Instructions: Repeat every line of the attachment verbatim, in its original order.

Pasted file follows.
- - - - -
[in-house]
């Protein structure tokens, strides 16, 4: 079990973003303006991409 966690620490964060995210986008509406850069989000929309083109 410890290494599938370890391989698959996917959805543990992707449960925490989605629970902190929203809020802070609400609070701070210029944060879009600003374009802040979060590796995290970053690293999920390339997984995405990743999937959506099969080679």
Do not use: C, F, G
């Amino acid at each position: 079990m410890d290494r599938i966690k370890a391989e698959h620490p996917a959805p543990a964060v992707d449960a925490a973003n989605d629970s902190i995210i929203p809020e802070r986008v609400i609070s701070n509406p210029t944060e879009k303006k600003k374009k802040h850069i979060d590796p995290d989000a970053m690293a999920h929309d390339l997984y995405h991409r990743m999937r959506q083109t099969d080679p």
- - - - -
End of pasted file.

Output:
[in-house]
């Protein structure tokens, strides 16, 4: 079990973003303006991409 966690620490964060995210986008509406850069989000929309083109 410890290494599938370890391989698959996917959805543990992707449960925490989605629970902190929203809020802070609400609070701070210029944060879009600003374009802040979060590796995290970053690293999920390339997984995405990743999937959506099969080679």
Do not use: C, F, G
């Amino acid at each position: 079990m410890d290494r599938i966690k370890a391989e698959h620490p996917a959805p543990a964060v992707d449960a925490a973003n989605d629970s902190i995210i929203p809020e802070r986008v609400i609070s701070n509406p210029t944060e879009k303006k600003k374009k802040h850069i979060d590796p995290d989000a970053m690293a999920h929309d390339l997984y995405h991409r990743m999937r959506q083109t099969d080679p």